And so, two months ago, when I was in the car with Botboy, and we were talking, despite the fact that I was very much in the present, and very much interested in what he had to say, and very much smitten with him, I couldn’t help but notice the similarities. Botboy was not, by his account anyway, seeing anyone else. Or in a relationship. Or married. But there were similarities all the same. The way we talked. The things we said to each other. The two of them look nothing alike. Their mannerisms are nothing alike, and they don’t even speak the same way. But there were enough similarities there that my mind was drawn, for an instant, back to the summer of 2000 when Jacob was leaving for his sister’s house, and how he’d invited me to go with him.
Somehow I knew that this was a repeat of the walk that I never got to take. It wasn’t the same… hell, we weren’t even walking, I was driving, and when we got back to the parking lot, we were standing between our cars (and Jacob didn’t have a car). But the feeling was the same. Botboy did not invite me along with him that night – it wasn’t that kind of evening. And we aren’t kids. But I was given an option all the same. I could walk away, I could go, do whatever I wanted to do, and, likely, be gone by the time he got back. Or I could stay. I could wait. I could see what happens.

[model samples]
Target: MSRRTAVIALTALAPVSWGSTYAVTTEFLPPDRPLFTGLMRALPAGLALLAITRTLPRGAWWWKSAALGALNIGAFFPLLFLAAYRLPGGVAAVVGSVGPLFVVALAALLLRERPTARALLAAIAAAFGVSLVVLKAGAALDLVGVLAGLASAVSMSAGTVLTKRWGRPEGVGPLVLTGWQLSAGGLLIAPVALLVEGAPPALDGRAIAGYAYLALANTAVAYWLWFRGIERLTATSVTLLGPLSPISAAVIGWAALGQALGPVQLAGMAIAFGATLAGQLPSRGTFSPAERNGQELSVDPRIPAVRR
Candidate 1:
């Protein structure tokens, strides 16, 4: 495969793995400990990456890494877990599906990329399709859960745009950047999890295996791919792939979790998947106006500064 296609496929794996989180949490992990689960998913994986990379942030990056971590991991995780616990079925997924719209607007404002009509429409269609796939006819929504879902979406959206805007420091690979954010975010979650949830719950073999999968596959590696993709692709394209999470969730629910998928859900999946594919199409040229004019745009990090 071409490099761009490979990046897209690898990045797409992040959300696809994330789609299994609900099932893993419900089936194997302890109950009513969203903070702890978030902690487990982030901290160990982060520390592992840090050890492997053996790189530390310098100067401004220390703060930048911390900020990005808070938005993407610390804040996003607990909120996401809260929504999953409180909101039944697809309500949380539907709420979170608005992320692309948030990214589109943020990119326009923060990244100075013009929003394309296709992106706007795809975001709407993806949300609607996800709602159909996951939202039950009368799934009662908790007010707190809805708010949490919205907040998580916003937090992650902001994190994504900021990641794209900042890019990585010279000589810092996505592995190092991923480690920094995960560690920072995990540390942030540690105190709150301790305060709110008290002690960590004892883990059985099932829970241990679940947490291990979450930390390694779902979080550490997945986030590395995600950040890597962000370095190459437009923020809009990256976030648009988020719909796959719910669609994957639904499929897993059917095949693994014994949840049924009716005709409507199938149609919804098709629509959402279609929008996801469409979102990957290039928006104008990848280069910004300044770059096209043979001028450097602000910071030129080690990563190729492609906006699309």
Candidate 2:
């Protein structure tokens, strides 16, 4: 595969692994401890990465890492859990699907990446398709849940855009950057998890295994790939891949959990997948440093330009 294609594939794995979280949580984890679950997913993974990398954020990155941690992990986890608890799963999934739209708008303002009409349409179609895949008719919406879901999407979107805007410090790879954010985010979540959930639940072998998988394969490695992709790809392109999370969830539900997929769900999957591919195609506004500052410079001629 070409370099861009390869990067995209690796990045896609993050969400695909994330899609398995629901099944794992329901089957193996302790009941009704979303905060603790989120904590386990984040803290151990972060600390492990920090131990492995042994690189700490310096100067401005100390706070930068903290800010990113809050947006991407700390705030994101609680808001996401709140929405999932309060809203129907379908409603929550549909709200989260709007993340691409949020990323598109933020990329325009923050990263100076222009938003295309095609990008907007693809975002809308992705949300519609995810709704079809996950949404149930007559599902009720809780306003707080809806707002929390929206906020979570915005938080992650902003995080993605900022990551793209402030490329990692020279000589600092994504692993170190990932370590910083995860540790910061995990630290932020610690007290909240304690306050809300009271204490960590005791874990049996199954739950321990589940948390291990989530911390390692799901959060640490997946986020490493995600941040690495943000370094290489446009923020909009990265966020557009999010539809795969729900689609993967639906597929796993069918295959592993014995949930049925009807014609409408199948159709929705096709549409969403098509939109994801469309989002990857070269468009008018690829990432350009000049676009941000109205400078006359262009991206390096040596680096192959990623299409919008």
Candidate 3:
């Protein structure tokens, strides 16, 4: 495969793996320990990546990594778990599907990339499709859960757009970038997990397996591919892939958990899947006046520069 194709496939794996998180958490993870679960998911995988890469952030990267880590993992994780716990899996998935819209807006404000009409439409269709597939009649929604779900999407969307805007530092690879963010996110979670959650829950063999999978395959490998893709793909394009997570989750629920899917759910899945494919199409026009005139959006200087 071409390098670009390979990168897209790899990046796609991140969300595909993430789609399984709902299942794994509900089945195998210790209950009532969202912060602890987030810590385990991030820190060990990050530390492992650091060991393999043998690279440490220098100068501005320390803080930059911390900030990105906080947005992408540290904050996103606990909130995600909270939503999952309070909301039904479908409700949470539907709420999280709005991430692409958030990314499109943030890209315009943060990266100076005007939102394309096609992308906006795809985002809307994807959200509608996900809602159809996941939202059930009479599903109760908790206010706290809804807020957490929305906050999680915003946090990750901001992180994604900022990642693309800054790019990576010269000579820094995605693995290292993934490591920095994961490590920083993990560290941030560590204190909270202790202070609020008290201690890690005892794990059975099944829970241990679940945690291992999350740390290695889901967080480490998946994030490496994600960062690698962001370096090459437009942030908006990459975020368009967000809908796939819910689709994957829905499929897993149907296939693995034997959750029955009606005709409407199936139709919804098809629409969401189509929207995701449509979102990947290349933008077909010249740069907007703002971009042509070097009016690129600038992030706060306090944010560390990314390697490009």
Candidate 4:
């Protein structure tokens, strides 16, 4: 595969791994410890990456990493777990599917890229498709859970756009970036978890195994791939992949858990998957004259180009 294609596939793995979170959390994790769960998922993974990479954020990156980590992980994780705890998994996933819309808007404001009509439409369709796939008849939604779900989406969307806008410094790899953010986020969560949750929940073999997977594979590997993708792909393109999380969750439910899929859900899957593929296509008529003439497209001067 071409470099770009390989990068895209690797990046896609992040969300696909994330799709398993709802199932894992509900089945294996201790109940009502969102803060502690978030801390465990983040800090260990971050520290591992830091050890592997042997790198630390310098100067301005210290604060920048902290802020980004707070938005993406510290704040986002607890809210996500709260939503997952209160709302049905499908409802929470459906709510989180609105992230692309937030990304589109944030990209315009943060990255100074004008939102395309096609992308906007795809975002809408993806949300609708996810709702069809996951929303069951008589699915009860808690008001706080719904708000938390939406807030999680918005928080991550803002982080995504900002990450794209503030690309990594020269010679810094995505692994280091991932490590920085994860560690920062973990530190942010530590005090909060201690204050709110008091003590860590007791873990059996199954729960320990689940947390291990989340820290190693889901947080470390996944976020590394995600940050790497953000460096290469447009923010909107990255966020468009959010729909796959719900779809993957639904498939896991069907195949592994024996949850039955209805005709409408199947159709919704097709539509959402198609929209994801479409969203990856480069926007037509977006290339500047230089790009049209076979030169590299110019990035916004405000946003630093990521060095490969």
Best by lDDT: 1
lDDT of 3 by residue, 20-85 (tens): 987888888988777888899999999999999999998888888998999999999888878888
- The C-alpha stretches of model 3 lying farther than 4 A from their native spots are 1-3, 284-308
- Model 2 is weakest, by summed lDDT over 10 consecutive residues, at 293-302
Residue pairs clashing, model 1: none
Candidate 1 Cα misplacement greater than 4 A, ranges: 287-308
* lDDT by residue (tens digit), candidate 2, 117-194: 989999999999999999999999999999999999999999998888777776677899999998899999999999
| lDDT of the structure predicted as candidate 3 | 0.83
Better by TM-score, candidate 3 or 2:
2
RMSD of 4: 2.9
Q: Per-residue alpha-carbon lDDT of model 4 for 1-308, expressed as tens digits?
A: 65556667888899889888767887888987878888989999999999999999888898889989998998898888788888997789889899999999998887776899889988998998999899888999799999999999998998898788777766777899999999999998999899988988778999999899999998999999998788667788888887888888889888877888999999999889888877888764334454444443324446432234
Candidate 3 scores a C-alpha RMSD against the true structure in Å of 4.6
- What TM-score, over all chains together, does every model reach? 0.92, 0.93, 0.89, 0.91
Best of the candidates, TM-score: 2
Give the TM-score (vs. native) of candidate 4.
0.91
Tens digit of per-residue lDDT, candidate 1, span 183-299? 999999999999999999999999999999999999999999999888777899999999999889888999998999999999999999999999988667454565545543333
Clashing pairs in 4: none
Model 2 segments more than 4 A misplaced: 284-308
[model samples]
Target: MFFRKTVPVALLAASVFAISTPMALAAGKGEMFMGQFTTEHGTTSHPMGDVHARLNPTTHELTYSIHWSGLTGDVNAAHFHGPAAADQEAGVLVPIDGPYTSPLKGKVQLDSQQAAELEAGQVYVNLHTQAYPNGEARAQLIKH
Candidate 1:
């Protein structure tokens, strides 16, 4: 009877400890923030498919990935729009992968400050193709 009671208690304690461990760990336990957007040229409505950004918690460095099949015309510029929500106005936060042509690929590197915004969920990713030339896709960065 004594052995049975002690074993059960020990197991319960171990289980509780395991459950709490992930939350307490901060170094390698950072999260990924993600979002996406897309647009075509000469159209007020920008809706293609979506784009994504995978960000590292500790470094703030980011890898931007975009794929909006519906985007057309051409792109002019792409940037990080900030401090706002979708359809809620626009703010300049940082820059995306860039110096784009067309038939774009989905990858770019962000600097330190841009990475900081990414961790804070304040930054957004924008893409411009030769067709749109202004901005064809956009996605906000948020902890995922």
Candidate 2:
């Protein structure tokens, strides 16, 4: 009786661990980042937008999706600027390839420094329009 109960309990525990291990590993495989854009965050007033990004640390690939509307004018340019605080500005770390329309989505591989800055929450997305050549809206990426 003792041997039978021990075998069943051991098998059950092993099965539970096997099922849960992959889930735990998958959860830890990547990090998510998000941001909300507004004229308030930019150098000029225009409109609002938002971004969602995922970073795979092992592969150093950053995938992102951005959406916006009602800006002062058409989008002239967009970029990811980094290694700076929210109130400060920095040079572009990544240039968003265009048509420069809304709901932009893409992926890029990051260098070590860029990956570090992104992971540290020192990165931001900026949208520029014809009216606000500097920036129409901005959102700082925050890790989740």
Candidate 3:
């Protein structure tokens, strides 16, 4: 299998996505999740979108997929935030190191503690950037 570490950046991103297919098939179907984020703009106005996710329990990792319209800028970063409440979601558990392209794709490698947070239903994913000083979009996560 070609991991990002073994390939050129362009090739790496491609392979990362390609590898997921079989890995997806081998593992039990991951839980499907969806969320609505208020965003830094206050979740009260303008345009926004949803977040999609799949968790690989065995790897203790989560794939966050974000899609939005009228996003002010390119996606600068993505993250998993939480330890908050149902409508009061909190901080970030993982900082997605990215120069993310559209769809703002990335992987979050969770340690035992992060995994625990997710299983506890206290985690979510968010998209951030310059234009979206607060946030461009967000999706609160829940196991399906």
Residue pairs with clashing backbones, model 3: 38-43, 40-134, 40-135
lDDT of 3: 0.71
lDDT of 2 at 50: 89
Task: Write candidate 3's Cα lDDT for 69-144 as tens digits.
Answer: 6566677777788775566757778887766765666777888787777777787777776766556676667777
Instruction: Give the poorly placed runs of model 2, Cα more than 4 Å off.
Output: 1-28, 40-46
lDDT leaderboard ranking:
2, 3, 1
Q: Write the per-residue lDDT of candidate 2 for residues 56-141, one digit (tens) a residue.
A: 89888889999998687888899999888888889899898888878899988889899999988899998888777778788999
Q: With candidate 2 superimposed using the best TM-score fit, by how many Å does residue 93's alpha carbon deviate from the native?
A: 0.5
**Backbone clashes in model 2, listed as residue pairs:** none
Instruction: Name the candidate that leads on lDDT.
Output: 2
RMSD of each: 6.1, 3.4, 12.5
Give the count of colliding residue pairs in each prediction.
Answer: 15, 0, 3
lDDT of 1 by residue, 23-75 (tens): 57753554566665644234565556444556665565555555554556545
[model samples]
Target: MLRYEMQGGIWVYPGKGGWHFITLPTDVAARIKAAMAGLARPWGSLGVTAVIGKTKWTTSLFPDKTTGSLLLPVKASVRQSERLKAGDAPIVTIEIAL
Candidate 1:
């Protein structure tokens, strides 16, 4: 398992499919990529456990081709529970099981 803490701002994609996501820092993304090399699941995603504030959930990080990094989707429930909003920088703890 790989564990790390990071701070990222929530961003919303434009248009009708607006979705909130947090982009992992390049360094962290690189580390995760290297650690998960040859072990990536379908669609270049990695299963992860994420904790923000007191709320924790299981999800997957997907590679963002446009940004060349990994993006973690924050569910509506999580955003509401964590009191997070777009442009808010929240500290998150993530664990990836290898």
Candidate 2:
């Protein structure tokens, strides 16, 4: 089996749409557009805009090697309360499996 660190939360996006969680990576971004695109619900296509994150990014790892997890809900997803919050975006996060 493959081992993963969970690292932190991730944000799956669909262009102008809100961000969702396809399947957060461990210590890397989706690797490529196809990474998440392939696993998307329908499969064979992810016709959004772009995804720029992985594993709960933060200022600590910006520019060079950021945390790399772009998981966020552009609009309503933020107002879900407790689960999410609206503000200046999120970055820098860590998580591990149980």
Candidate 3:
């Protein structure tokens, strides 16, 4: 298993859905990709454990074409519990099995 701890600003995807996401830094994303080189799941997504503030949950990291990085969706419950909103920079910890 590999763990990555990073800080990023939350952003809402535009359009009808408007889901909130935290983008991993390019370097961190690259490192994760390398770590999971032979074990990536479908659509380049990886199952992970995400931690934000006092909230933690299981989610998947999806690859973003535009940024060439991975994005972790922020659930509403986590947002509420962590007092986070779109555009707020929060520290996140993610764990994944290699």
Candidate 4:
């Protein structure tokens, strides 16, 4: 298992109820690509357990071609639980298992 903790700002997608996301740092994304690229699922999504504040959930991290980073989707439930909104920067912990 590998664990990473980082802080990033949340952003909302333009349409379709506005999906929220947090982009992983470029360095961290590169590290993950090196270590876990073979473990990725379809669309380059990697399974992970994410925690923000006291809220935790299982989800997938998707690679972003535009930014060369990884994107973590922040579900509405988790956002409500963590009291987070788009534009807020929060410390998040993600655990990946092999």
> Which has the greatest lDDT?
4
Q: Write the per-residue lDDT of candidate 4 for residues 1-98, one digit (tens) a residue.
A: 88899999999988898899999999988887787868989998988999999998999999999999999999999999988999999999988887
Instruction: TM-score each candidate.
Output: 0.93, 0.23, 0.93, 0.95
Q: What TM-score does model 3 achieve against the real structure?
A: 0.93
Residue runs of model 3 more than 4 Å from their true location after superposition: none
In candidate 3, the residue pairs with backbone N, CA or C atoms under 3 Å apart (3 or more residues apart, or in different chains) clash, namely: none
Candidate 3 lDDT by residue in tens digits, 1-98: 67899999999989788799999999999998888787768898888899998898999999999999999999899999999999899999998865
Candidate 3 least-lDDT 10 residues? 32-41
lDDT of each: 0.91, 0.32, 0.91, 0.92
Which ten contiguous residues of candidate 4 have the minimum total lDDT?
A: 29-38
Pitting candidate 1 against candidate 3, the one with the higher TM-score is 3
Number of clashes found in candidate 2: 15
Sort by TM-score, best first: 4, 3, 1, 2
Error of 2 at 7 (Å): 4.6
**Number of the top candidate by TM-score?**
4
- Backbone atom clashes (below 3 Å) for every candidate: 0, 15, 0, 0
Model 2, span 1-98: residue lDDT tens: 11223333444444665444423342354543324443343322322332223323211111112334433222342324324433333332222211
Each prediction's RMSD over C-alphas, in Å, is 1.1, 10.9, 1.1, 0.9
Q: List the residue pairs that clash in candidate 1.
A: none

I chose to wait. Because I love him, yes. But also because I know, because I feel it in my bones, that this is the answer to the “What If” question I’ve been looking for since I was seventeen. Botboy is not Jacob (thank god – I love Botboy now more completely than I ever could have loved Jacob at the age of seventeen). And this is not an instance where I am being called to work an emergency shift at the Canteen. But it is another “What If” situation.
If, once his adventure is over, he comes back to me, I’m willing to make a go of it. At least to try, to make an effort, to see if we can. And if he doesn’t? Well, I’ll be disappointed. Not as devastated as last time – I won’t be so blindsided this time.
Regardless, though, once this waiting cycle is over, I believe I’ll finally know what would have happened had I gotten to go on that walk. And then there’ll be a new phase, though I don’t know what it will look like.